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The Warsaw Voice » World of Movies » July 2, 2010
Polish Film Festival
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Top Award for Little Rose
July 2, 2010   
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A political drama entitled Różyczka (Little Rose) won the main prize of this year’s Polish Film Festival, which was held in the coastal city of Gdynia for the 35th time.

The awards ceremony took place inside a huge tent mounted on a beach May 29, drawing an audience of 1,300.

As he collected the main prize, the Golden Lions, Różyczka director Jan Kidawa-Błoński said he was happy to make movies that appeal to viewers. The day before, Różyczka won the viewers’ award, the Golden Claqueur, for the film, which got the longest applause during the festival. The judges also honored Magdalena Boczarska, who played the main character in Różyczka, with the award for Best Leading Actress.

Różyczka tells the story of a love affair and subsequent marriage between a well-known anticommunist opposition writer (played by Andrzej Seweryn, a veteran Polish actor and a member of France’s prestigious Comédie-Francaise) and a woman who turns out to be a communist security services informer. The story is inspired by the last couple of years in the life of Paweł Jasienica (1909-1970), a famous Polish historian, writer and journalist. After the demise of communism in Poland and all of Central Europe, many years since Jasienica’s death, documents from the archives of the National Remembrance Institute clearly showed that Jasienica’s last wife had worked for the security services. She informed on her husband for years until his funeral, which she duly described in a report.

Even though the filmmakers denied basing their fictional story on the life of Jasienica—and, in part, on other writers persecuted by communist security services—viewers interpreted the movie as one based on facts with only some embellishment for dramatic effect.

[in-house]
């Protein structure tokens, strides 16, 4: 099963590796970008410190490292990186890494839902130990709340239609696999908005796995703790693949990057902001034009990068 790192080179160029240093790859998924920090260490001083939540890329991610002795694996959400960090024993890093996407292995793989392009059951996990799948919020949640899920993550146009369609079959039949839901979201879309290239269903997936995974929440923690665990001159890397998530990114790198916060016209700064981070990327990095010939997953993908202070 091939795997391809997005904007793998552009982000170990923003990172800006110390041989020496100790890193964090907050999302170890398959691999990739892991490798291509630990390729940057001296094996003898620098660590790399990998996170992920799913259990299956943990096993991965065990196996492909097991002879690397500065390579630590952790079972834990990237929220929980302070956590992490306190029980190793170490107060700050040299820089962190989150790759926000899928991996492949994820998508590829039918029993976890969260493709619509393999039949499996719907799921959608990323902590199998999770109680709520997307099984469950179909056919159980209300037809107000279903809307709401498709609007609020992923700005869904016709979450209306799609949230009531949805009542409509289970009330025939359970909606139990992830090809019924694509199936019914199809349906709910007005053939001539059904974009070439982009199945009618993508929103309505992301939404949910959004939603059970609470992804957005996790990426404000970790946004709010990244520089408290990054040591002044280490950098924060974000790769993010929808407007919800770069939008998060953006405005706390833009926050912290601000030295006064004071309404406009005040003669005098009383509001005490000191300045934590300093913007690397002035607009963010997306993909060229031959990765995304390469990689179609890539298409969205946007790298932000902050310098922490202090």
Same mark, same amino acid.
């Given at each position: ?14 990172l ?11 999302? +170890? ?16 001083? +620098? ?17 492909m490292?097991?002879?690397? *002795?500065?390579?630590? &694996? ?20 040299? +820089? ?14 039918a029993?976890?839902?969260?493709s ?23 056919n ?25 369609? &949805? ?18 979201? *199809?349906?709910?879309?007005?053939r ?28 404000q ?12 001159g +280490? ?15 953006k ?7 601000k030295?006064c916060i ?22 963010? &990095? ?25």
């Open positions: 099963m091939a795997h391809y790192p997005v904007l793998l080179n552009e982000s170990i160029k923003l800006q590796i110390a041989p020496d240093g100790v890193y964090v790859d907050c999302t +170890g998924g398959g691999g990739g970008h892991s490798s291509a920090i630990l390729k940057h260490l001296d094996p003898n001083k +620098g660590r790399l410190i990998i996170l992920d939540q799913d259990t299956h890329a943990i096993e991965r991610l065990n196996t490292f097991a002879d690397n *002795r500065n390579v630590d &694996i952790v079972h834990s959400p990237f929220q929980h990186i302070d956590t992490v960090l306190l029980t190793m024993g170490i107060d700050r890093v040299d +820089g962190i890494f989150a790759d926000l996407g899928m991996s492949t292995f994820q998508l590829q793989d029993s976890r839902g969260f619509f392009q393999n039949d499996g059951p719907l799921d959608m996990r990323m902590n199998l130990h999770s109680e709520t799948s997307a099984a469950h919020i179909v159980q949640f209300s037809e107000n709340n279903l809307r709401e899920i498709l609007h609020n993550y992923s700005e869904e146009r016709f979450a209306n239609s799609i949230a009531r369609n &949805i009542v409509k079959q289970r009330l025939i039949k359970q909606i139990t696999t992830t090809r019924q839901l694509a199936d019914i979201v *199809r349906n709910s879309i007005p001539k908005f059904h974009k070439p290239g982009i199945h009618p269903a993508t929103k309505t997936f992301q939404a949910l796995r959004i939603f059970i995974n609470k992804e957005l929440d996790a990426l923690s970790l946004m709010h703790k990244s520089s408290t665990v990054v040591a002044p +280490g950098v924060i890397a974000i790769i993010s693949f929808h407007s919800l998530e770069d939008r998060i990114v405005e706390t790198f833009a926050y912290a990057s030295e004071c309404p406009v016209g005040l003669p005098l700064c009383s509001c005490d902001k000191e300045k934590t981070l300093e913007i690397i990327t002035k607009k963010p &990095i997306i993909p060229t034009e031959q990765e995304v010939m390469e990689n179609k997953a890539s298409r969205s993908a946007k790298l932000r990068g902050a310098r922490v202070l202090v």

The main character, a young woman, has a love affair with a security officer who orders her to seduce a writer, her senior by two generations, who is involved with the democratic opposition in Poland. The woman adopts the code name “Różyczka” and provides her lover with information to compromise the writer. However, her intellectual fascination with her lover evolves into true affection, even though Różyczka realizes she is just a tool in a scheme devised by the security services.

The Silver Lions award went to Chrzest (Baptism), directed by 37-year-old Marcin Wrona. This movie is inspired by real-life events as well. One of the main characters, Michał, is a young man from the provinces with a minor criminal record. In a bid to escape the criminal underworld, he leaves his hometown and moves to Warsaw. But the mob is out to get him.

Two actors from Chrzest, Wojciech Zieliński and Tomasz Schuchardt, tied as the winners of the Best Leading Actor award at Gdynia.

The judges gave their special prize to Mała matura 1947 (School Leaving Exams 1947) directed by Janusz Majewski, a story of teenage boys graduating from a junior high school in Cracow at the time when the communists were taking over power in Poland.

The lifetime achievement Platinum Lions of the Gdynia festival were presented to 88-year-old Janusz Morgenstern, the director behind films such as Do widzenia, do jutra (Good Bye, Till Tomorrow) and Żółty szalik (The Yellow Scarf), who is best known for his now legendary TV series Kolumbowie, Stawka większa niż życie and Polskie drogi—all set during World War II.

The judges of the main competition of the 35th Polish Film Festival were Polish film directors Andrzej Barański (chairman) and Xawery Żuławski, Iceland’s Arni Oli Asgeirsson, actress Alicja Bachleda-Curu¶, screenwriter Andrzej Bart, cinematographer Jacek Petrycki, and makeup artist Waldemar Pokromski.
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